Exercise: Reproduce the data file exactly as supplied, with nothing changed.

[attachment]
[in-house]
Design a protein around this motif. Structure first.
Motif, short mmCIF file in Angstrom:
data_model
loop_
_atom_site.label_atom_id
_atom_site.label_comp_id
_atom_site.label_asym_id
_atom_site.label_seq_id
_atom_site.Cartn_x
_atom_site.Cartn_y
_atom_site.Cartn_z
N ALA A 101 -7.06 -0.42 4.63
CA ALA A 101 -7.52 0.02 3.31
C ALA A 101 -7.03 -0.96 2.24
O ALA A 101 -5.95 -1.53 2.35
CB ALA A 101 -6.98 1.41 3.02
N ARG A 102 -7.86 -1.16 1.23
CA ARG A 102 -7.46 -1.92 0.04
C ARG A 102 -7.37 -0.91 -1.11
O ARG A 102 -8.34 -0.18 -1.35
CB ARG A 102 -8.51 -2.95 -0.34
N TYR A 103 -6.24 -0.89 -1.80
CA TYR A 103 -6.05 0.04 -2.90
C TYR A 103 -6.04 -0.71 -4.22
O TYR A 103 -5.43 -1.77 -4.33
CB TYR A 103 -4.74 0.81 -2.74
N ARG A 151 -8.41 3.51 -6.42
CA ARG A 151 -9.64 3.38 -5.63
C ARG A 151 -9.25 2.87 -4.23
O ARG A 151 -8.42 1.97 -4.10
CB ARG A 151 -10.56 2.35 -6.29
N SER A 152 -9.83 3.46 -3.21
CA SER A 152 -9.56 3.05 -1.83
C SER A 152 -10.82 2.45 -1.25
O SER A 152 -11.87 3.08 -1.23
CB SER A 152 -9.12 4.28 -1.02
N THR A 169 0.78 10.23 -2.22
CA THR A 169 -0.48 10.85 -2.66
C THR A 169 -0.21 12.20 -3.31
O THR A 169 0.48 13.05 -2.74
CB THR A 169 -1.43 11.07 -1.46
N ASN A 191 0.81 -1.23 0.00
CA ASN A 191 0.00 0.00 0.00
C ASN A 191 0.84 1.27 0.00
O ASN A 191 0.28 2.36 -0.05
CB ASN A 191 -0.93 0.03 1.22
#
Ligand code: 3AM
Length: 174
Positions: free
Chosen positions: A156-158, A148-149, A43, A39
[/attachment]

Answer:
[in-house]
Design a protein around this motif. Structure first.
Motif, short mmCIF file in Angstrom:
data_model
loop_
_atom_site.label_atom_id
_atom_site.label_comp_id
_atom_site.label_asym_id
_atom_site.label_seq_id
_atom_site.Cartn_x
_atom_site.Cartn_y
_atom_site.Cartn_z
N ALA A 101 -7.06 -0.42 4.63
CA ALA A 101 -7.52 0.02 3.31
C ALA A 101 -7.03 -0.96 2.24
O ALA A 101 -5.95 -1.53 2.35
CB ALA A 101 -6.98 1.41 3.02
N ARG A 102 -7.86 -1.16 1.23
CA ARG A 102 -7.46 -1.92 0.04
C ARG A 102 -7.37 -0.91 -1.11
O ARG A 102 -8.34 -0.18 -1.35
CB ARG A 102 -8.51 -2.95 -0.34
N TYR A 103 -6.24 -0.89 -1.80
CA TYR A 103 -6.05 0.04 -2.90
C TYR A 103 -6.04 -0.71 -4.22
O TYR A 103 -5.43 -1.77 -4.33
CB TYR A 103 -4.74 0.81 -2.74
N ARG A 151 -8.41 3.51 -6.42
CA ARG A 151 -9.64 3.38 -5.63
C ARG A 151 -9.25 2.87 -4.23
O ARG A 151 -8.42 1.97 -4.10
CB ARG A 151 -10.56 2.35 -6.29
N SER A 152 -9.83 3.46 -3.21
CA SER A 152 -9.56 3.05 -1.83
C SER A 152 -10.82 2.45 -1.25
O SER A 152 -11.87 3.08 -1.23
CB SER A 152 -9.12 4.28 -1.02
N THR A 169 0.78 10.23 -2.22
CA THR A 169 -0.48 10.85 -2.66
C THR A 169 -0.21 12.20 -3.31
O THR A 169 0.48 13.05 -2.74
CB THR A 169 -1.43 11.07 -1.46
N ASN A 191 0.81 -1.23 0.00
CA ASN A 191 0.00 0.00 0.00
C ASN A 191 0.84 1.27 0.00
O ASN A 191 0.28 2.36 -0.05
CB ASN A 191 -0.93 0.03 1.22
#
Ligand code: 3AM
Length: 174
Positions: free
Chosen positions: A156-158, A148-149, A43, A39